Impressions Of: Compagnie Marie Chouinard The Joyce
November 7th, 2013
Choreography: Marie Chouinard
Music: Erik Satie Gymopedies No.1, No.2, No.3
Lighting: Alain Lortie
Costume: Liz Vandal
Choreography: Marie Chouinard
Music: Louis Dufort and Edward Freedman
Lighting: Marie Chouinard
Costumes: Marie Chouinard
Performed by: Paige Culley, Valeria Galluccio, Leon Kupferschmied, Lucy M. May, Mariusz Ostrowski, Sacha Ouellette-Deguire, Carol Prieur, Gerard Reyes, Dorotea Saykaly, James Vivieros, Megan Walbaum
Recently at The Joyce Theater, Compagnie Marie Chouinard paid tribute to two great French speaking artists: the French born, composer and pianist, Erik Satie and the Belgian poet, writer, and painter, Henri Michaux. Using sophisticated stagecraft, Chouinard honored these subjects with vibrant new readings.
Set to Satie’s composition of the same title, Gymnopédies playfully explored the dynamics of sexuality. Chouinard brought Satie to life using costumes, props, and themes reminiscent of the Dada and Surrealist movements he was so closely aligned with. Cleverly weaving her sinuous choreography with theatrical vignettes and mime, Chouinard fashioned her own absurdist fantasy.
Shadowed in dark lighting, the piece opened with a solo dancer approaching and playing a piano. As she passionately stroked the instrument, the lights shone upon eight figures covered in large grey canvas sacks. Slowly swaying to the music, these figures reached out of the canvas, articulating their fingers to the cadence of the piano. Facing the back of the stage, they leisurely removed their covers and walked nude into the wings. The dancers then progressed into simulated sexual scenarios, grunting and squealing as they grinded in intricate fits of partnering.
The piano, wrapped in a tattered grey cloth,remained onstage throughout the piece acting as a main character. The performers — clad in a range of costumes from red clown noses to nothing at all — alternated playing the intrument. While it is unclear if they mimed the action, the image remained a powerful motif – a symbolic apparition of Satie. The jesting, carnival atmosphere of Gymnopédies alluded to the ballet Parade, a collaboration of Satie with the painter, Pablo Picasso, playwright, Jean Cocteau and choreographer, Léonide Massine for Diaghilev’s Ballet Russes.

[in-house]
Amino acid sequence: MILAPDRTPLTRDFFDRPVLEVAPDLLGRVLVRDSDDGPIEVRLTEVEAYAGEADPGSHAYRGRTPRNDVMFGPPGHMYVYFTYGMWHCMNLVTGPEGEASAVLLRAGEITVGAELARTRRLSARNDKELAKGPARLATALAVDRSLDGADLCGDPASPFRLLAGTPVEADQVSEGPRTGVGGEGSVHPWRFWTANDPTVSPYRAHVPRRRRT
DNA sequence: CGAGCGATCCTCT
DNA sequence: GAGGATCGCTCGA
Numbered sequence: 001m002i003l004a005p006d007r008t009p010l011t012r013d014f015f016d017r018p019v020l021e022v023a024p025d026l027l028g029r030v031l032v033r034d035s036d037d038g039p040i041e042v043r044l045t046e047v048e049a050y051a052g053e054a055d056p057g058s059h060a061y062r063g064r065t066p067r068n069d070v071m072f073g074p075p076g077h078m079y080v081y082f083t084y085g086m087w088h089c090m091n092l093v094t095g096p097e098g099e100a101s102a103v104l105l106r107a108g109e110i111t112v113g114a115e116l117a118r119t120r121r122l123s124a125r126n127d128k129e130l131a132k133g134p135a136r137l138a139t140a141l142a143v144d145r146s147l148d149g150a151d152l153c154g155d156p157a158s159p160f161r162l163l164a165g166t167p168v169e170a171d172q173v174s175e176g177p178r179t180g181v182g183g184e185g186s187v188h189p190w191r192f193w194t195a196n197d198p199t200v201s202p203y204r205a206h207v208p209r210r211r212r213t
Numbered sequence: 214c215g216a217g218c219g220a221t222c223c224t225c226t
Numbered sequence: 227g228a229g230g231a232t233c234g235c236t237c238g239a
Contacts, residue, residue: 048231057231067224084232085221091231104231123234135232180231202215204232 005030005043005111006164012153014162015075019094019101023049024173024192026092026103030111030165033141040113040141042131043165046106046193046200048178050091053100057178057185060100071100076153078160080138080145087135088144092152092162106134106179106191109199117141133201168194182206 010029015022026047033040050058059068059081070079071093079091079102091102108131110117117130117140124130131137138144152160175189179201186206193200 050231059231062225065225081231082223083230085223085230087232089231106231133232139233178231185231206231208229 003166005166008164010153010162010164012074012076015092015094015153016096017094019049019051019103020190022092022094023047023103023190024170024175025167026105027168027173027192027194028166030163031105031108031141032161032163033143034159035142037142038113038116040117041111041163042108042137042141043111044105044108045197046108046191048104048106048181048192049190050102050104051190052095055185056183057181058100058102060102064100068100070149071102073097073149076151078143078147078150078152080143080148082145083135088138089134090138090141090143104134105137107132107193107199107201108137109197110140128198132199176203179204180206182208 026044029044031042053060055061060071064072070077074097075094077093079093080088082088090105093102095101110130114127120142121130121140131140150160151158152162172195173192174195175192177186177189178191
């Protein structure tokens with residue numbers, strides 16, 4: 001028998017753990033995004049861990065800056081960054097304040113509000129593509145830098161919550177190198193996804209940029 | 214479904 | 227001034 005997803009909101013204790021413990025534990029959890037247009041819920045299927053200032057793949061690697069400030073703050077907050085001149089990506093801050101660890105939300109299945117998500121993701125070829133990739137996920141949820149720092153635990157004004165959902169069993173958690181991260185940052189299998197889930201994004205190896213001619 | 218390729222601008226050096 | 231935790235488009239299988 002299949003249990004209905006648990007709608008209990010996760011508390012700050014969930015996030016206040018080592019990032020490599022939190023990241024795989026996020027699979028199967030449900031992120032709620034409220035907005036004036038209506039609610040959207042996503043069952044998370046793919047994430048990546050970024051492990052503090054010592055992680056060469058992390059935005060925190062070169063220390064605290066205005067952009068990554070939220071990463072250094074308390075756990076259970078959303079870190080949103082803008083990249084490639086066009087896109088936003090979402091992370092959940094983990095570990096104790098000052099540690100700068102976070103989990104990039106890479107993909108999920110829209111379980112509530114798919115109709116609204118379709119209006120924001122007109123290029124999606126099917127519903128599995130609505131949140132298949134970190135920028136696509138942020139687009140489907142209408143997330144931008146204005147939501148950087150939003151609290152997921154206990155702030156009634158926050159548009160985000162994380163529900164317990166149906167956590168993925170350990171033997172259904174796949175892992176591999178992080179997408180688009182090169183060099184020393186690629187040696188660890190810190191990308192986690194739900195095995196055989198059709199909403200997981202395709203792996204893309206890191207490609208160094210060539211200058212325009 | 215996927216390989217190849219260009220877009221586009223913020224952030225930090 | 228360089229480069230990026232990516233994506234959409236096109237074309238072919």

At the seeming conclusion of Gymnopédies, the house lights came on and the dancers lined up to bow. Just as the audience began gathering their belongings for intermission, the dancers made a surprise return continuing the performance, both in silence and with music. This kept the crowd bewildered and presented an ultimate absurdist finale.
Mouvements was a direct embodiment of visual art through dance. The dancers, costumed from head to toe in black, emulated the calligraphy of Michaux, a Belgian born artist and writer. The performers became black drawings scrawled on a white page, while text and figures from Machaux's manuscript Mouvements flashed on a video screen behind them.
Set to a high-octane techno soundscape, the audience slowly responded to the frenetic energy. As each group of dancers recreated the images behind them, the interpretations became more athletic and inventive. There was a dueling conceit as if each performer was challenging one another. The first dancer on stage, Carol Prieur exhibited fiery intensity. After wild, frenzied confrontations with her fellow dancers, she climbed underneath the marley floor, screaming out Michaux’s poetry in an effort to exert dominance over the group.
Four nude dancers concluded Mouvements, jumping and leaping through bouncing strobe lights. This final reversal, turning the stage from white to black like a photographic negative, was a satisfying, unexpected turn.
Chouinard’s Montreal-based company formed in 1990 and has performed extensively in Europe. While her provocative themes might be shocking for a traditional American audience, her polished, engaging productions are a welcome addition to the dance theater genre. The US engagements may be less frequent, but the next time Companie Marie Chouinard comes to town… RUN –don’t walk– to see them.